Overpayments recorded in Arkansas totaled $14.21 per Medicare participant in 2015, one of the highest levels in the United States, according to a report from the Council for Medicare Integrity.
Arkansas ranked No. 10 in the report – based on waste per participant – with a total of $6.672 million in Medicare overpayments made in 2015 for its combined 469,450 participants. Medicare overpayments relate to when a provider inaccurately bills the program for the services they provided to a patient, most often billing to a code that pays out at a higher rate than what’s approved, according to the report.
Arkansas ranked slightly better than California, who wasted $14.72 per medicare beneficiary totaling overpayments in excess of $47.704 million. The most wasteful state was the District of Columbia, though small in terms of beneficiaries, the per capita waste was a record $30.90 for a total of $2.35 million.
“Medicare loses more money to improper payments than any other program government wide – more than $43 billion was lost from the program this way in FY2015 alone,” said Kristin Walter, spokesperson for the Council for Medicare Integrity, a nonprofit aimed at reducing overpayments. “These improper payments are causing Medicare to hemorrhage billions of dollars desperately needed to help sustain the program.”
Nationwide the level of overspending combined with an onslaught on new Medicare enrollees is putting the program in financial jeopardy with a projected bankruptcy by 2028, according to Walter.
“It’s more important than ever that everyone become aware of this problem and that work is done to drastically reduce improper payments in Medicare to sustain the program for those who will need it in the future,” Walter added.
The Centers for Medicare & Medicaid Services reports the number of Medicare enrollees are increasing by about one million per year with more than 72 million participants as of last year. A huge demographic depends on the program to provide critical health services such as flu shots and diabetes screenings to hospital stays, lab tests, wheel chairs and a prescription drugs taken daily.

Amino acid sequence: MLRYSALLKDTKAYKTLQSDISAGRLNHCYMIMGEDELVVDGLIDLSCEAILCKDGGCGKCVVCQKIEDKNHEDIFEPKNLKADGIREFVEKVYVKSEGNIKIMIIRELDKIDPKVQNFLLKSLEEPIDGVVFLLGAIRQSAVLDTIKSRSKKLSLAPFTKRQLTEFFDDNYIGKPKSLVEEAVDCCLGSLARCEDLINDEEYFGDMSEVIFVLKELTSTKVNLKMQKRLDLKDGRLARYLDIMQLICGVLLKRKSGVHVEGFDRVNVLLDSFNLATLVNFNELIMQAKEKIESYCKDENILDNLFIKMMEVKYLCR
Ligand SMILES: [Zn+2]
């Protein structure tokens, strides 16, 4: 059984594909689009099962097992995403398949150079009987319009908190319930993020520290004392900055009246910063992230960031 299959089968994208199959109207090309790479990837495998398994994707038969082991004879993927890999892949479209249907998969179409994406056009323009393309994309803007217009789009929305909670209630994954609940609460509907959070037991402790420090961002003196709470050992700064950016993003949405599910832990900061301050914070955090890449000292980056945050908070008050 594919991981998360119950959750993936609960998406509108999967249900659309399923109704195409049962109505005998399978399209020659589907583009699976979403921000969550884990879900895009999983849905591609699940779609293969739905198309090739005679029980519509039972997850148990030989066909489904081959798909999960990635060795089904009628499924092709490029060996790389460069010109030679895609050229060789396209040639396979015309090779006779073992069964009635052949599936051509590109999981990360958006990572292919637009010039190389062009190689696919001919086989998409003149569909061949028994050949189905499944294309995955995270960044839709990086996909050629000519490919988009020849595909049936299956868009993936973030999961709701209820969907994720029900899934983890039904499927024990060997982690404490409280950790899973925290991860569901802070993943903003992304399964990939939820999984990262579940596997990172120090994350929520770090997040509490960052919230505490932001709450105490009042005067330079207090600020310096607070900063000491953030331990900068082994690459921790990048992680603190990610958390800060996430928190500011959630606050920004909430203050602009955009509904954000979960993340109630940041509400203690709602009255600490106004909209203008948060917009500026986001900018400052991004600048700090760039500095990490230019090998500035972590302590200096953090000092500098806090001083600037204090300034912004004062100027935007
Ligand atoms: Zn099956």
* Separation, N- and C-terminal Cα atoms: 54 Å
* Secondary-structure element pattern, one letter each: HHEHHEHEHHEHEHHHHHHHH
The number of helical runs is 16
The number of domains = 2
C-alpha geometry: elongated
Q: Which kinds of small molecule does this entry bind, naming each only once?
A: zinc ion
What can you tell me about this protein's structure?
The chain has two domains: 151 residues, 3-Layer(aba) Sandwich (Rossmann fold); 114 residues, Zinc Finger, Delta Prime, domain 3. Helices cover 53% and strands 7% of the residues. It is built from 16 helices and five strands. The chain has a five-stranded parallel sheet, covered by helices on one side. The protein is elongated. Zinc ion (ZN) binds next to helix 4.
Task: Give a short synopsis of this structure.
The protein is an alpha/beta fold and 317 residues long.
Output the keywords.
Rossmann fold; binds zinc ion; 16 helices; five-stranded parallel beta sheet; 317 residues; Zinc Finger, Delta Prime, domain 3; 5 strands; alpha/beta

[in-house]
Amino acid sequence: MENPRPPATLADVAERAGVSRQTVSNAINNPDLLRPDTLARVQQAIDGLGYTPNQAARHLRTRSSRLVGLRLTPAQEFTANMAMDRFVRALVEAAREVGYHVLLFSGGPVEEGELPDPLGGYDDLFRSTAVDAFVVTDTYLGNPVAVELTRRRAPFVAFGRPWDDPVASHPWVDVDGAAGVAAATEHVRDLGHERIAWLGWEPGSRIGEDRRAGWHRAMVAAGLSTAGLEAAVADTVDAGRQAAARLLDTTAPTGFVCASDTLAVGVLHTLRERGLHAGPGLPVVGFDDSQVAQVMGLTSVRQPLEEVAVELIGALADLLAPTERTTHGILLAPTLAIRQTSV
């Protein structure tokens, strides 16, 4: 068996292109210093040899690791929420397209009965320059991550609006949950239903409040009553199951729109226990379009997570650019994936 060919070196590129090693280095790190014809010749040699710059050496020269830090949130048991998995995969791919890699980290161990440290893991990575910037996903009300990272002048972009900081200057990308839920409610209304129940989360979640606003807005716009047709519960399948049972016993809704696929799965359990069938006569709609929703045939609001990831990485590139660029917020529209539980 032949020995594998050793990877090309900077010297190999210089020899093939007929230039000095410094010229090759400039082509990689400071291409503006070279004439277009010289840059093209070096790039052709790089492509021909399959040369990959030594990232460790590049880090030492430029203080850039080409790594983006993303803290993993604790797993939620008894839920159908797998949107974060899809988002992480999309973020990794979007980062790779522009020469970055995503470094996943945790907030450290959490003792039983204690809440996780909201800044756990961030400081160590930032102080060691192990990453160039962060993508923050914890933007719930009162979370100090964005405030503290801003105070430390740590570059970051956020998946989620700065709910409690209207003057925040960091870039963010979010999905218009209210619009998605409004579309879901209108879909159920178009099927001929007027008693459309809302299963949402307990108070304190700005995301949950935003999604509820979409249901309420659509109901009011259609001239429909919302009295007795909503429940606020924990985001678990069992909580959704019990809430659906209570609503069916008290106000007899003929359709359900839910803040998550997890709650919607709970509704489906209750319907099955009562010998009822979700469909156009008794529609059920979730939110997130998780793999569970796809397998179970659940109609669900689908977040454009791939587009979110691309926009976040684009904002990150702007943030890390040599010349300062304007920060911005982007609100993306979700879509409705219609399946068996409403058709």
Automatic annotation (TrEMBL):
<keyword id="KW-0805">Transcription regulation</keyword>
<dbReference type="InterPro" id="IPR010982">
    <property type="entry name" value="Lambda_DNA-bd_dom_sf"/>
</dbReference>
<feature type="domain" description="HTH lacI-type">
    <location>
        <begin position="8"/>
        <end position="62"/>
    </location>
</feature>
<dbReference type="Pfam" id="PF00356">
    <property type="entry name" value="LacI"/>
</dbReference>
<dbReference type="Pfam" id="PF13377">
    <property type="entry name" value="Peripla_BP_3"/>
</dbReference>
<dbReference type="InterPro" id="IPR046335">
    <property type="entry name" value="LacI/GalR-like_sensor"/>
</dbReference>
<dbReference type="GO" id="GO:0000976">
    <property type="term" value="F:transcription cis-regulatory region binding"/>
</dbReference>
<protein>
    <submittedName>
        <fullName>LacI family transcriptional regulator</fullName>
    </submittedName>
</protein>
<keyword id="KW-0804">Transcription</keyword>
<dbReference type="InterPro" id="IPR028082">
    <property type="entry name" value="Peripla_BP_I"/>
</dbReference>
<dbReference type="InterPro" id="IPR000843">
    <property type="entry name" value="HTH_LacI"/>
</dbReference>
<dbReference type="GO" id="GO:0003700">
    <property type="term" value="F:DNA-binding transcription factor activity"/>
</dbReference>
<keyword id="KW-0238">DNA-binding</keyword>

The report also notes some progress made by Arkansas to better control Medicare wastes. In 2014, Arkansas was ranked the second most wasteful behind the District of Columbia, but moved to No. 10 in 2015, the last year records are available. Walter said
Mississippi, North Dakota, Colorado, New Mexico and South Dakota were also among the 10 most wasteful in 2014, but they improved enough to move off that list in 2015. Meanwhile Texas, Louisiana and Oklahoma, all border states to Arkansas, moved higher in the wasteful rankings from 2014 to 2015.
Arkansas’ number of Medicare participants is just under 500,000, another 121,903 residents across the state take part in an Medicare Advantage plan from local or regional care providers. There are more than 403,326 Arkansas residents taking part in stand-alone prescription plan drug plans or Part D Medicare drug plans.
The Recovery Audit Contractor report released in early 2016 found the Medicare Fee-For-Service (FFS) division to have the highest amount of improper payments across all government agencies for each of the past six years. In 2014 the Government Accountability Office (GAO) found that Medicare FFS overpaid providers by $46 billion – or 12.7% of payments. Of these improper payments, more than 84% of overpayments collected (more than $2 billion) came from inpatient hospital claims. For 2015 the Medicare FFS program was reported to have incorrectly paid $43.3 billion – or 12.1% of payments – improperly to Medicare providers.
While Congress had some success recovering overpayments in 2013 and 2014 from the Recovery Audit Contractor report it’s a slow and tedious process. Report authors identify the top areas where overpayment is common as being durable medical equipment, home health claims, Medicare Part A & B pharmacy claims, diagnosis related groups and therapy cap reviews.
The most egregious examples of Medicare billing include:
• Home health episodes that begin after beneficiary’s death;
• Drugs paid for ten times the amount administered;
• Oncology radiation calculations billed one week before the patient was seen in the office;
• Hospital claims coded with illnesses the patients didn’t possess;
• Duplicate provider billing for medications; and
• Excessive units of medication billed for but not given.
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